Awareness and Action• • Patricia McCormick book Reduce poverty and the demand for sexual guide for teachers with services sources• • Nomi Network give Educate and .org equal rights to women• Coalition Against • Trafficking in Women As consumers, do not (catwinternational.org) buy any products that• UNGIFT .org slavery are tied with• Free the Slaves .net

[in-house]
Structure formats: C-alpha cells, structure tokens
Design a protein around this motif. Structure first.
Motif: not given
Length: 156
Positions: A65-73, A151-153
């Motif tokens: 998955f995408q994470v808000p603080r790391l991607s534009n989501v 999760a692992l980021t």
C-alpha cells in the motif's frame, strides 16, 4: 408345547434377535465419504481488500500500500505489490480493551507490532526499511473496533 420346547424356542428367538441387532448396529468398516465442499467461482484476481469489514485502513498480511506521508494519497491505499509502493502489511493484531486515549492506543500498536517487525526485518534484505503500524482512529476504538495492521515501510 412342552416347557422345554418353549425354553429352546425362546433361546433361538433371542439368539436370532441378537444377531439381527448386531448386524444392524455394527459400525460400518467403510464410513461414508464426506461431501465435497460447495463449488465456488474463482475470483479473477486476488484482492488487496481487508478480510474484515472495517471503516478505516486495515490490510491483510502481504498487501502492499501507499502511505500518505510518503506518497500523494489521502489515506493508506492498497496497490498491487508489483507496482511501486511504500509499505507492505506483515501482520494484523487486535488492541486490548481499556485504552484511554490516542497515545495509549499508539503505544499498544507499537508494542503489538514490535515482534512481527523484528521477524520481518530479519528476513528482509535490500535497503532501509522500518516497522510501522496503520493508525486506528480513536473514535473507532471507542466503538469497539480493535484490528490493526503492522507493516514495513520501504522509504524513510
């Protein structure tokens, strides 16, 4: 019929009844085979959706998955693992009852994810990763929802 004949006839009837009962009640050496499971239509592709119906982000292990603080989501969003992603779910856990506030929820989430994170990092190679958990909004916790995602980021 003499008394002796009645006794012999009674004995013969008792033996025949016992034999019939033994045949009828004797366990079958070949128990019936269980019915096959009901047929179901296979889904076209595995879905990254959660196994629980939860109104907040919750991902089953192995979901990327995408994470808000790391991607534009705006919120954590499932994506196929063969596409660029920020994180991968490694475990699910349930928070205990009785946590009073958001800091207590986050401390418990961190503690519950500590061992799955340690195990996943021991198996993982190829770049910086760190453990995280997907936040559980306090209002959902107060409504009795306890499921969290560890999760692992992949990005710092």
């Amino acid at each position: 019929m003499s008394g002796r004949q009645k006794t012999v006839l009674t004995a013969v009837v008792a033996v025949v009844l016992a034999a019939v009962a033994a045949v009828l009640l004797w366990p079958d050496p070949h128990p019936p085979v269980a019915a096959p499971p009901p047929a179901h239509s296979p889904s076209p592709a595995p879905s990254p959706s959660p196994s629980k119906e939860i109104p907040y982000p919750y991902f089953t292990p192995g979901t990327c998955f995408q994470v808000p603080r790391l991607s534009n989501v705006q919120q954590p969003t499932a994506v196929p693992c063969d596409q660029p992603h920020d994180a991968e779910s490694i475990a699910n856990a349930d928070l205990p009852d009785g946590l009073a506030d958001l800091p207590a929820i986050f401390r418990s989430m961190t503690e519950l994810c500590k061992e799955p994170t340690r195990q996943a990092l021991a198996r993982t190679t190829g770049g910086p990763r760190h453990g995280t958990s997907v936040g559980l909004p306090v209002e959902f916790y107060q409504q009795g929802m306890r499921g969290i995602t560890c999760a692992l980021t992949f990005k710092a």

Paper ResourcesBordo, Susan. Feminism, Foucault and the Politics of the Body. From Up Against Foucault,ed. Carol Ramazanoglu, 1993. Reprinted by permission of Routledge, London UK and theauthor.Rachel M., Calogero and etl. Self-objectification in women: Causes, Consequences, andCounteractions. Washington, DC, US: American Psychological Association, 2011. Web.Lee, J. (2003). Menarche and the (hetero) sexualization of the female body. In R. Weitz(Ed.), The politics of female bodies: Sexuality, appearance, and behavior (pp. 82-99). New York, NY: Oxford University Press.Price, Janet, Margrit Shildrick, et al, ed. Feminist Theory and the Body: A Reader. UnitedKingdom, US (New York City), Canada: Edinburgh University Press, Routledge, 1999.Print.McCormick, Patricia. Sold. 1st. New York: Hyperion Paperbacks, 2006. 263. Print.Rachel M., Calogero and etl. Self-objectification in women: Causes, Consequences, andCounteractions. Washington, DC, US: American Psychological Association, 2011. Web.Smolak, Linda, and Sarah K. Murnen. “The Sexualization of Girls and Women as a PrimaryAntecedent of Self-Objectification.” Self-objectification in women: Causes, Consequences,and Counteractions. Washington, DC, US: American Psychological Association, 2011.Web.Wolk, Steven. "Reading for a Better World: Teaching for Social Responsibility With YoungAdult Literature." Journal of Adolescent & Adult Literacy . 52.8 (2009): 664-673.